Purpose: To establish a pulse sequence for dynamic contrast material-enhanced magnetic resonance (MR) imaging of the breast at 3.0 T and to prospectively compare MR imaging at 3.0 T with MR imaging at 1.5 T in the same patients.
Materials and methods: A prospective intraindividual internal review board-approved study was performed in 37 women with 53 lesions (25 breast cancers, 28 benign focal lesions) who underwent contrast-enhanced dynamic bilateral subtraction MR imaging twice, once at 1.5 T with a standard technique (voxel size, 1.44 mm3) and once at 3.0 T (voxel size, 0.45-0.72 mm3) with variable repetition time and flip angle settings. Written informed consent was obtained. Sagittal single breast high-spatial-resolution MR imaging was performed with active fat suppression. Image quality, number and features of enhancing lesions, and Breast Imaging Reporting and Data System categories were compared by using the Wilcoxon matched-pairs signed rank test and Student t test for matched pairs. Diagnostic confidence was compared by using a receiver operating characteristic (ROC) analysis.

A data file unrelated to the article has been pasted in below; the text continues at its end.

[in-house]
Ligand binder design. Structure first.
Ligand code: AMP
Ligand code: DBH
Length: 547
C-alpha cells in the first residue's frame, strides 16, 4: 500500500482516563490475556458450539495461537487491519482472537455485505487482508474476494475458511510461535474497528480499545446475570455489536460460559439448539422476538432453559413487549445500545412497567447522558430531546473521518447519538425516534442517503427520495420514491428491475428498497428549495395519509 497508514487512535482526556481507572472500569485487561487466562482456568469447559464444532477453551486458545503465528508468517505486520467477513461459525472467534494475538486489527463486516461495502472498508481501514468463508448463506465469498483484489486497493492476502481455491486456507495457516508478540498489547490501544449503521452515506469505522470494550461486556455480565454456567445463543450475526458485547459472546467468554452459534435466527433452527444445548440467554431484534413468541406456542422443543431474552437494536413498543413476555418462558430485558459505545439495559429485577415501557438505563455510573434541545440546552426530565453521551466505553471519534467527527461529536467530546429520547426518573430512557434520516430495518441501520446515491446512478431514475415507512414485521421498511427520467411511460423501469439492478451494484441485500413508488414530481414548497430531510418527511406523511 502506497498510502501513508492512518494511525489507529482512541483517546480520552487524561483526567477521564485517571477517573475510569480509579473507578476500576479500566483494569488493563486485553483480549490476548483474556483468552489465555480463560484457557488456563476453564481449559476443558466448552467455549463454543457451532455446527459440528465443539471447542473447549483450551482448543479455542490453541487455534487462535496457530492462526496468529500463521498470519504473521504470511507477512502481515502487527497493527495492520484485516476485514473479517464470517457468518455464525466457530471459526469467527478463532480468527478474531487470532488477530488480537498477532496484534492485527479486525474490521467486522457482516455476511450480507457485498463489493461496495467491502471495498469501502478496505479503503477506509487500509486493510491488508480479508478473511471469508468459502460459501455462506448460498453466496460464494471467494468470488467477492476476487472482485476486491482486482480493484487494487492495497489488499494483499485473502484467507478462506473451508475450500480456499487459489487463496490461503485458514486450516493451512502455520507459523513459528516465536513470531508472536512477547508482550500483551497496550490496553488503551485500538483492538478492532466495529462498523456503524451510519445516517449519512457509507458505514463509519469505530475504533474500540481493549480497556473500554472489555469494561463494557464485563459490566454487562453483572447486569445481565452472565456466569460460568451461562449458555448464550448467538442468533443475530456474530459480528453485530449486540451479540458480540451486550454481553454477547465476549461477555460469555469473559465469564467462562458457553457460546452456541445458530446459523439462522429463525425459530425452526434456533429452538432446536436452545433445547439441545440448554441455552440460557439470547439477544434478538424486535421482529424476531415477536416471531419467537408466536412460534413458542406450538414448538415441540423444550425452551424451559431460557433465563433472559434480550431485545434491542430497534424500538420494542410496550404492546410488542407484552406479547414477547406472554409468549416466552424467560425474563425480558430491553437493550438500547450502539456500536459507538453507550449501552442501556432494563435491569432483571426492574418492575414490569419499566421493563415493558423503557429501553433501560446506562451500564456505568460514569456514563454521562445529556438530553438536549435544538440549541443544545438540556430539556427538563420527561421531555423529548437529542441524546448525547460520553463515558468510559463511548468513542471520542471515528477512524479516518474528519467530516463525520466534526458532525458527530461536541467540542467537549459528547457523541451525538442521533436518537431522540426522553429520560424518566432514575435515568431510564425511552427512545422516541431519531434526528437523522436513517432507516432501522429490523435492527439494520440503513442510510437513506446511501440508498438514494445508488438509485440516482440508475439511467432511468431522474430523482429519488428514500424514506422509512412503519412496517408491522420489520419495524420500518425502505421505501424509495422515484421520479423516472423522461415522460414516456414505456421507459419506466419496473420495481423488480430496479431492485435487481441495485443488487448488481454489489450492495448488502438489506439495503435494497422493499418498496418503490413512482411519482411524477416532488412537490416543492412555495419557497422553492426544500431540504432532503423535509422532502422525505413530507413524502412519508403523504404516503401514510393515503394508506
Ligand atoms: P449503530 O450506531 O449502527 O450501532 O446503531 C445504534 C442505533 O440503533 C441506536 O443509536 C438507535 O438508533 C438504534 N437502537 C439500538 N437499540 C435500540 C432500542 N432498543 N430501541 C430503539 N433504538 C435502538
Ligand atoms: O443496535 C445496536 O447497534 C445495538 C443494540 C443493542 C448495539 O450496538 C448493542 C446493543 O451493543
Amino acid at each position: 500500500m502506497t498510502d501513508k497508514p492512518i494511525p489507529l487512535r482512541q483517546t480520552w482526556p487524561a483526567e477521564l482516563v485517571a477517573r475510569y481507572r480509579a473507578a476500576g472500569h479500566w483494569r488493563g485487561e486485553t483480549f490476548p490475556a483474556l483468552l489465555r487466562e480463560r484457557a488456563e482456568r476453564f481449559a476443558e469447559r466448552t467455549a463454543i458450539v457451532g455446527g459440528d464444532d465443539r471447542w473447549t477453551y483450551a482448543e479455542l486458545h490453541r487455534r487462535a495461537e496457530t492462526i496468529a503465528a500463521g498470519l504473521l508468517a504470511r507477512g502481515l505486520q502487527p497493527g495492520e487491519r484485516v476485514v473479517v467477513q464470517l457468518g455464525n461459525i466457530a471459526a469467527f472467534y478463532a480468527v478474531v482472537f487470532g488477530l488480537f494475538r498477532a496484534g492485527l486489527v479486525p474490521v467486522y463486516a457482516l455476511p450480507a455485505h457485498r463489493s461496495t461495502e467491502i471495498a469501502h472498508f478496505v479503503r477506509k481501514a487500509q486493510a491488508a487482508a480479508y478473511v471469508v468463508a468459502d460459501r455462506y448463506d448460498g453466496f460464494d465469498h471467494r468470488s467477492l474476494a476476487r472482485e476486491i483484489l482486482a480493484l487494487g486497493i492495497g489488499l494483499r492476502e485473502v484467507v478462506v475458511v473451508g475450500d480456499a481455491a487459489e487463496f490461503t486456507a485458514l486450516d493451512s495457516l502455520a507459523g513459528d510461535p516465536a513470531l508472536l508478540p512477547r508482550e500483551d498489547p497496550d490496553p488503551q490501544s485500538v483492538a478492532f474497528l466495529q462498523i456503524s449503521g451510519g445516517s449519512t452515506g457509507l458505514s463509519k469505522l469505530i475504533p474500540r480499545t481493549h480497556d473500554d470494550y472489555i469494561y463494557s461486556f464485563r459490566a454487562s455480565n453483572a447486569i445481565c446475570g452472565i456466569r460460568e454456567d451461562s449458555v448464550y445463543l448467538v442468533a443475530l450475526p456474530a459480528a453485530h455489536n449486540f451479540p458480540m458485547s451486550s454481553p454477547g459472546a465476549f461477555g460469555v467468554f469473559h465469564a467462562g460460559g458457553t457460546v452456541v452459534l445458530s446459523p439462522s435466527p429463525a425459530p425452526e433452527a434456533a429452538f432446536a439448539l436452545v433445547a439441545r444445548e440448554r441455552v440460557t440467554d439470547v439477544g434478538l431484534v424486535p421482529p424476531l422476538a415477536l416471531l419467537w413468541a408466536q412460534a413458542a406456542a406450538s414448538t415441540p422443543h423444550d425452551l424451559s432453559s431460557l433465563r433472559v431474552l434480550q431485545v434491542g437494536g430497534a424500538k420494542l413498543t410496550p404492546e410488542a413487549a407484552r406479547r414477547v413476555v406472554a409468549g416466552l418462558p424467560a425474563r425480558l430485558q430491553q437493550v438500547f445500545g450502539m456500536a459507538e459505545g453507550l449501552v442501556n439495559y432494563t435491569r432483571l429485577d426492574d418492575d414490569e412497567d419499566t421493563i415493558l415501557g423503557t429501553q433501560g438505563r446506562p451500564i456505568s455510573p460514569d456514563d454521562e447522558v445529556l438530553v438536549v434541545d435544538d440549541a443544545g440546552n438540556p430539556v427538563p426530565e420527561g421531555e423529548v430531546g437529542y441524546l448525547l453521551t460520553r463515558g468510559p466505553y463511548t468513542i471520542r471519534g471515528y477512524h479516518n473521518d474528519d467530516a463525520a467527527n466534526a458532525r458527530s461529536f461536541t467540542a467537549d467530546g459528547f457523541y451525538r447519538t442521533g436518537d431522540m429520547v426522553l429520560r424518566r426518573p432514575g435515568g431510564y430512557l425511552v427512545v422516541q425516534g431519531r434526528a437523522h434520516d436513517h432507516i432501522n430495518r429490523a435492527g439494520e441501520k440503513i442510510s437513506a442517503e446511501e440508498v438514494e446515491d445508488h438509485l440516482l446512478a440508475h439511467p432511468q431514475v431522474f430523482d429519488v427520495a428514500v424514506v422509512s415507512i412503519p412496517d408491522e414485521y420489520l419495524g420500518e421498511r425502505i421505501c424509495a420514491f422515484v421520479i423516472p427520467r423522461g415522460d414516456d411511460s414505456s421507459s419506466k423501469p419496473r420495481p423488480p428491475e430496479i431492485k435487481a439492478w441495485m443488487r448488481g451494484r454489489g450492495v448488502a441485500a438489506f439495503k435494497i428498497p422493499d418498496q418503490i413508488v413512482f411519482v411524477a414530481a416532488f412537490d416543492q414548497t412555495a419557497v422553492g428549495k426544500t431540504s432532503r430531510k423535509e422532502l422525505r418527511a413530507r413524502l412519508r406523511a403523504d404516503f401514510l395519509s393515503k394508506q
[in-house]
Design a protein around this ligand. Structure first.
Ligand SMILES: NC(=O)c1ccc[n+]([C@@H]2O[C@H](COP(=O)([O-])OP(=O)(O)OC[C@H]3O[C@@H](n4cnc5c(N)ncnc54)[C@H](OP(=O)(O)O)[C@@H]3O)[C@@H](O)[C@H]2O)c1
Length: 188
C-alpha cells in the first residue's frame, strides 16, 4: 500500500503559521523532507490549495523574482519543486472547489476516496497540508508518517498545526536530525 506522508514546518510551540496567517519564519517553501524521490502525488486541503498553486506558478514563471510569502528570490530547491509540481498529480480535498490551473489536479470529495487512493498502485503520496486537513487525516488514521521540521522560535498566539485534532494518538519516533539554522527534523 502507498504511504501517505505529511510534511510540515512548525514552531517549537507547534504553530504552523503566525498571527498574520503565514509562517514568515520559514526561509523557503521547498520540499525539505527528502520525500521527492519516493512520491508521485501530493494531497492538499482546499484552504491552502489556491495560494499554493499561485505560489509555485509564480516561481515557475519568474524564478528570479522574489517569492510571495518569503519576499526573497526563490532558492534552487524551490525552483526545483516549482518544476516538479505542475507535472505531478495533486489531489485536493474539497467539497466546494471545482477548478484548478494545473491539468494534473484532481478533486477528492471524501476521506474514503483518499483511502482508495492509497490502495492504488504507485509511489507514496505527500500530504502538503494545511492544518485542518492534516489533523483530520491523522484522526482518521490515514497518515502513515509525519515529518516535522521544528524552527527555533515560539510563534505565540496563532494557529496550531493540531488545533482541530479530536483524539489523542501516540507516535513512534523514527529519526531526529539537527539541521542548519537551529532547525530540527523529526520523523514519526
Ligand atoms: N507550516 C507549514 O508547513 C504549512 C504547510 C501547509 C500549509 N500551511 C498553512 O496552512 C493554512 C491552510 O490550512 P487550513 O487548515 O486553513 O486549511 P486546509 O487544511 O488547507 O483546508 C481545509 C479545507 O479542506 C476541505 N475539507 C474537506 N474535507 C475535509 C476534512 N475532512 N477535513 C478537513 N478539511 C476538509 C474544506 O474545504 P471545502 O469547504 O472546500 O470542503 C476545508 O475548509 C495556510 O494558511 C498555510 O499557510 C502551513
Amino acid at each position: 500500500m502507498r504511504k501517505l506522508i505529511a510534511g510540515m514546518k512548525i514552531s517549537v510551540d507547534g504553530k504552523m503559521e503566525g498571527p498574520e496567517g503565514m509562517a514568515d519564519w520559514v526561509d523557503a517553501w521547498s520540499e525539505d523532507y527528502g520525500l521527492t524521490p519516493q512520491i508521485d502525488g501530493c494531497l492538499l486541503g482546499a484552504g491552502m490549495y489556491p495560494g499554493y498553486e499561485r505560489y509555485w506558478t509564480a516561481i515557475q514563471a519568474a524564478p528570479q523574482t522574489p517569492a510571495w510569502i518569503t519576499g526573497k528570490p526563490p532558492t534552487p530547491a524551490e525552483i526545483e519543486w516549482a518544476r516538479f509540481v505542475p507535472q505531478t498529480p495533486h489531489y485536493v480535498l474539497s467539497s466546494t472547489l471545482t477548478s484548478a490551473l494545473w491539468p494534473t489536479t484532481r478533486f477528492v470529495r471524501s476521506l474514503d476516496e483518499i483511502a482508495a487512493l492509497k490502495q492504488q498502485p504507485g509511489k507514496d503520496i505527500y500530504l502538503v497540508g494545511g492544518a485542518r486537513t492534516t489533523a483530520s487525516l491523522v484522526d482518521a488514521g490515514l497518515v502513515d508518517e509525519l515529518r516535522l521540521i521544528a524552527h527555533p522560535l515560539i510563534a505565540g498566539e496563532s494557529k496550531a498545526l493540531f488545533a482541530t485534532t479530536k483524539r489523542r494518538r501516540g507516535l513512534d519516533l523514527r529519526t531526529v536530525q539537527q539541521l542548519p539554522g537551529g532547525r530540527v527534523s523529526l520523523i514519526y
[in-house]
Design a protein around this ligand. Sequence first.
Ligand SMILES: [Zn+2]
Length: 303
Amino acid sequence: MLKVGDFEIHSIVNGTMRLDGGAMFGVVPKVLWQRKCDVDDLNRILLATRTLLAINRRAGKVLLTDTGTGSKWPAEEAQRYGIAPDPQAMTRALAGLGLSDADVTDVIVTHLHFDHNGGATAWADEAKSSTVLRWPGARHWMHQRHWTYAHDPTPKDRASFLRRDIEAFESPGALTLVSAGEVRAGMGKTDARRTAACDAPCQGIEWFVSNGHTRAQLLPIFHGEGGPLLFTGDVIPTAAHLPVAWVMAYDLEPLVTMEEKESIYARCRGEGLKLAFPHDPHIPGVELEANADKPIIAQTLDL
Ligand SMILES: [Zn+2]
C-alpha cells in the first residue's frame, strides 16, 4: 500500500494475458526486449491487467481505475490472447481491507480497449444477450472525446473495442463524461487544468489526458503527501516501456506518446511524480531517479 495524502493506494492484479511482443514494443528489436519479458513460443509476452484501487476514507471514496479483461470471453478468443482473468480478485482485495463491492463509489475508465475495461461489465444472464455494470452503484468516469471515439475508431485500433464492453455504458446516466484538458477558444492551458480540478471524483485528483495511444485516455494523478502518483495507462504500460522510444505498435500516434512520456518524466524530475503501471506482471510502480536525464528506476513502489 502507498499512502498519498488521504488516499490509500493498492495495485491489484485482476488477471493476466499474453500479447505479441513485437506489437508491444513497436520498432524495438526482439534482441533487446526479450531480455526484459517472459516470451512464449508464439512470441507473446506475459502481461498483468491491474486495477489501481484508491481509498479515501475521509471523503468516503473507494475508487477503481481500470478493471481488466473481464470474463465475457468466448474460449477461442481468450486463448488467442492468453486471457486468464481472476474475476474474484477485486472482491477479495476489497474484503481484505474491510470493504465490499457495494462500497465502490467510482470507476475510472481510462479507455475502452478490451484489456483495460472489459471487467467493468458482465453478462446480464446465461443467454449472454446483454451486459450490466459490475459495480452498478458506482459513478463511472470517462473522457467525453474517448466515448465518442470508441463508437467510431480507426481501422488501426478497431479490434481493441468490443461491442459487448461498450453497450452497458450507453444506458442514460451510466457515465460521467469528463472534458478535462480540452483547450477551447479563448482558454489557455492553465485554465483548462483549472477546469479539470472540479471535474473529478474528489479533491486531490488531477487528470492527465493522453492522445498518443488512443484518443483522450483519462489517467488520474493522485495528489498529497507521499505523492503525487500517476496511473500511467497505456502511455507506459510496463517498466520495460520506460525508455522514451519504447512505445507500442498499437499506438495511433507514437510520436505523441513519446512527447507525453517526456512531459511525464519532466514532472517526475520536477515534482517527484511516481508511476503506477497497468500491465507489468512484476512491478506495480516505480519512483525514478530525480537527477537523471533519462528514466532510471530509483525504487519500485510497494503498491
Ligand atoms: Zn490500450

Results: With repetition time prolonged to account for longer T1 relaxation times at 3.0 T and a flip angle of 60 degrees, enhancement rates at 3.0 T were substantially below those at 1.5 T. In two patients with benign lesions, enhancement was rated as insufficient to establish diagnosis. When parameter settings were kept equivalent, equivalent enhancement rates were observed with both systems. With these settings, 3.0-T MR imaging yielded homogeneous signal intensity over the entire field of view. No dielectric resonance effects were observed. Overall image quality scores for the dynamic series were slightly higher at 3.0 T (P<.01). A total of 49 lesions were prospectively identified with both systems. Owing to substantial patient motion at 1.5 T, two malignant lesions in one patient were visualized at 3.0 T only. At 3.0 T, differential diagnosis of enhancing lesions was possible with higher diagnostic confidence, as reflected by a larger area under the ROC curve (P<.05).
Conclusion: Initial experiences indicate that contrast-enhanced MR imaging at 3.0 T is nearing readiness for clinical use.
Copyright (c) RSNA, 2006.